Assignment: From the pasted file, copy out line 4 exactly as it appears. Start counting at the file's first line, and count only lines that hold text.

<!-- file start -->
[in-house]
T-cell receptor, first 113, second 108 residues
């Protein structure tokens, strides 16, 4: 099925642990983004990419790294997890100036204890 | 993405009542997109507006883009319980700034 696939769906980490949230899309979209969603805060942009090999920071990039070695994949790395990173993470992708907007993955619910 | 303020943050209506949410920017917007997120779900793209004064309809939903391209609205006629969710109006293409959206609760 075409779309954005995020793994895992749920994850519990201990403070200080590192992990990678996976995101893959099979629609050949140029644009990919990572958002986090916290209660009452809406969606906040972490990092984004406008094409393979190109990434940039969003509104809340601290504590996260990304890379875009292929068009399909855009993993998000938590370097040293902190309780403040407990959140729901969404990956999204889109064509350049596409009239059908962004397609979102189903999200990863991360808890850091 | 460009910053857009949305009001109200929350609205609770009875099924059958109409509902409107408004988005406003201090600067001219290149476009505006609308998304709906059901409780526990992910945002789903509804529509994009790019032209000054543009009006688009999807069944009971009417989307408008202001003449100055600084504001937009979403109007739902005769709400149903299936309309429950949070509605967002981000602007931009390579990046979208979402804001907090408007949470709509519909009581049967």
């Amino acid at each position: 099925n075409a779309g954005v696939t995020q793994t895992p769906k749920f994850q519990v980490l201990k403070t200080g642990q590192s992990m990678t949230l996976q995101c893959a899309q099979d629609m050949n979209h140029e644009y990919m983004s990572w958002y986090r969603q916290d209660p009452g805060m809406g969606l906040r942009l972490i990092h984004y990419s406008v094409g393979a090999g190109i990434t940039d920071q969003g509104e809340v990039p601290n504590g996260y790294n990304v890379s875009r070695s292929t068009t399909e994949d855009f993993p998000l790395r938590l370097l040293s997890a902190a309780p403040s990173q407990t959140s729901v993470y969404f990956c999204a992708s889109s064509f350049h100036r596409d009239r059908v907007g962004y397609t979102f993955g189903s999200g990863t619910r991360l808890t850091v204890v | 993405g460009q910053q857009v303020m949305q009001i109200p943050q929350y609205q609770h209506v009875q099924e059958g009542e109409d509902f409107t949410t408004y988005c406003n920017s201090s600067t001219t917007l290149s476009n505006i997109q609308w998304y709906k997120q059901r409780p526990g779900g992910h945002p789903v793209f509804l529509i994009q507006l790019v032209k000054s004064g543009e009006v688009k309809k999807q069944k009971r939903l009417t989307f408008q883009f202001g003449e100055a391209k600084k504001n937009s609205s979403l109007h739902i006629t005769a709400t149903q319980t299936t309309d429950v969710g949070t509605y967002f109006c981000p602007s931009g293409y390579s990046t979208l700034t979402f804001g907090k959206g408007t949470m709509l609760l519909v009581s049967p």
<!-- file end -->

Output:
């Amino acid at each position: 099925n075409a779309g954005v696939t995020q793994t895992p769906k749920f994850q519990v980490l201990k403070t200080g642990q590192s992990m990678t949230l996976q995101c893959a899309q099979d629609m050949n979209h140029e644009y990919m983004s990572w958002y986090r969603q916290d209660p009452g805060m809406g969606l906040r942009l972490i990092h984004y990419s406008v094409g393979a090999g190109i990434t940039d920071q969003g509104e809340v990039p601290n504590g996260y790294n990304v890379s875009r070695s292929t068009t399909e994949d855009f993993p998000l790395r938590l370097l040293s997890a902190a309780p403040s990173q407990t959140s729901v993470y969404f990956c999204a992708s889109s064509f350049h100036r596409d009239r059908v907007g962004y397609t979102f993955g189903s999200g990863t619910r991360l808890t850091v204890v | 993405g460009q910053q857009v303020m949305q009001i109200p943050q929350y609205q609770h209506v009875q099924e059958g009542e109409d509902f409107t949410t408004y988005c406003n920017s201090s600067t001219t917007l290149s476009n505006i997109q609308w998304y709906k997120q059901r409780p526990g779900g992910h945002p789903v793209f509804l529509i994009q507006l790019v032209k000054s004064g543009e009006v688009k309809k999807q069944k009971r939903l009417t989307f408008q883009f202001g003449e100055a391209k600084k504001n937009s609205s979403l109007h739902i006629t005769a709400t149903q319980t299936t309309d429950v969710g949070t509605y967002f109006c981000p602007s931009g293409y390579s990046t979208l700034t979402f804001g907090k959206g408007t949470m709509l609760l519909v009581s049967p």